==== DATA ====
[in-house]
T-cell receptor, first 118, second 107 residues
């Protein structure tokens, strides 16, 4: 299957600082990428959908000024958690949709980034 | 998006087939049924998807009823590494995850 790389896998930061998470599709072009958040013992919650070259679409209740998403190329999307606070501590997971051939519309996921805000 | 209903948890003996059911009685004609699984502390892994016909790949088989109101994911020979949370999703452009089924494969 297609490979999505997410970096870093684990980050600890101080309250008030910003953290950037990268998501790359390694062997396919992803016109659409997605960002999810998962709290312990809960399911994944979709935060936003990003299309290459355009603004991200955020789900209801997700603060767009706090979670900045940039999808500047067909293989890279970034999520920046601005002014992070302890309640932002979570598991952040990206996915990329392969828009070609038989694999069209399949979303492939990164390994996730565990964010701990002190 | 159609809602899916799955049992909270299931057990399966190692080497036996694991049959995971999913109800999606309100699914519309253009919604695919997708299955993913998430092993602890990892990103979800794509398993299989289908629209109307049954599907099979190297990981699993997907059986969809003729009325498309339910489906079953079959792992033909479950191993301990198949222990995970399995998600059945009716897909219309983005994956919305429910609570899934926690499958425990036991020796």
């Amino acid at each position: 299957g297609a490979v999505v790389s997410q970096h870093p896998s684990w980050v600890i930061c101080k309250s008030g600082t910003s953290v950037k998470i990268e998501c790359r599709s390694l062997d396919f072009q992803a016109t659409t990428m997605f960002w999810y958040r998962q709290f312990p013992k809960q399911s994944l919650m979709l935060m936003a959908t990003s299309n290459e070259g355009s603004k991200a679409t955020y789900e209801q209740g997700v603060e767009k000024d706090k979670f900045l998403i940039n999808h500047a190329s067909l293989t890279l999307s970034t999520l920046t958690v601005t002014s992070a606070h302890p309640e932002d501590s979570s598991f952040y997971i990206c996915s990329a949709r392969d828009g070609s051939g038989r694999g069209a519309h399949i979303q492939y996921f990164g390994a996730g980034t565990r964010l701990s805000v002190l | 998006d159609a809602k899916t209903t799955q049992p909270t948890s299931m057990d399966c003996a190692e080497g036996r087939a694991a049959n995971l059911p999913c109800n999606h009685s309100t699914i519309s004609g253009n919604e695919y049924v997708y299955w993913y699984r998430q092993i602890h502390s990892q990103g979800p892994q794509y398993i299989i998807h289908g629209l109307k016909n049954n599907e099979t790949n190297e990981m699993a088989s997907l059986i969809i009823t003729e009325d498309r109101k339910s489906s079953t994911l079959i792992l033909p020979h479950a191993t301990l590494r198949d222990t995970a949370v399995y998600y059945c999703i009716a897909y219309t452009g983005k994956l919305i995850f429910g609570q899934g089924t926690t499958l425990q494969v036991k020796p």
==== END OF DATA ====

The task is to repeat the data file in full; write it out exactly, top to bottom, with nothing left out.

[in-house]
T-cell receptor, first 118, second 107 residues
């Protein structure tokens, strides 16, 4: 299957600082990428959908000024958690949709980034 | 998006087939049924998807009823590494995850 790389896998930061998470599709072009958040013992919650070259679409209740998403190329999307606070501590997971051939519309996921805000 | 209903948890003996059911009685004609699984502390892994016909790949088989109101994911020979949370999703452009089924494969 297609490979999505997410970096870093684990980050600890101080309250008030910003953290950037990268998501790359390694062997396919992803016109659409997605960002999810998962709290312990809960399911994944979709935060936003990003299309290459355009603004991200955020789900209801997700603060767009706090979670900045940039999808500047067909293989890279970034999520920046601005002014992070302890309640932002979570598991952040990206996915990329392969828009070609038989694999069209399949979303492939990164390994996730565990964010701990002190 | 159609809602899916799955049992909270299931057990399966190692080497036996694991049959995971999913109800999606309100699914519309253009919604695919997708299955993913998430092993602890990892990103979800794509398993299989289908629209109307049954599907099979190297990981699993997907059986969809003729009325498309339910489906079953079959792992033909479950191993301990198949222990995970399995998600059945009716897909219309983005994956919305429910609570899934926690499958425990036991020796």
């Amino acid at each position: 299957g297609a490979v999505v790389s997410q970096h870093p896998s684990w980050v600890i930061c101080k309250s008030g600082t910003s953290v950037k998470i990268e998501c790359r599709s390694l062997d396919f072009q992803a016109t659409t990428m997605f960002w999810y958040r998962q709290f312990p013992k809960q399911s994944l919650m979709l935060m936003a959908t990003s299309n290459e070259g355009s603004k991200a679409t955020y789900e209801q209740g997700v603060e767009k000024d706090k979670f900045l998403i940039n999808h500047a190329s067909l293989t890279l999307s970034t999520l920046t958690v601005t002014s992070a606070h302890p309640e932002d501590s979570s598991f952040y997971i990206c996915s990329a949709r392969d828009g070609s051939g038989r694999g069209a519309h399949i979303q492939y996921f990164g390994a996730g980034t565990r964010l701990s805000v002190l | 998006d159609a809602k899916t209903t799955q049992p909270t948890s299931m057990d399966c003996a190692e080497g036996r087939a694991a049959n995971l059911p999913c109800n999606h009685s309100t699914i519309s004609g253009n919604e695919y049924v997708y299955w993913y699984r998430q092993i602890h502390s990892q990103g979800p892994q794509y398993i299989i998807h289908g629209l109307k016909n049954n599907e099979t790949n190297e990981m699993a088989s997907l059986i969809i009823t003729e009325d498309r109101k339910s489906s079953t994911l079959i792992l033909p020979h479950a191993t301990l590494r198949d222990t995970a949370v399995y998600y059945c999703i009716a897909y219309t452009g983005k994956l919305i995850f429910g609570q899934g089924t926690t499958l425990q494969v036991k020796p």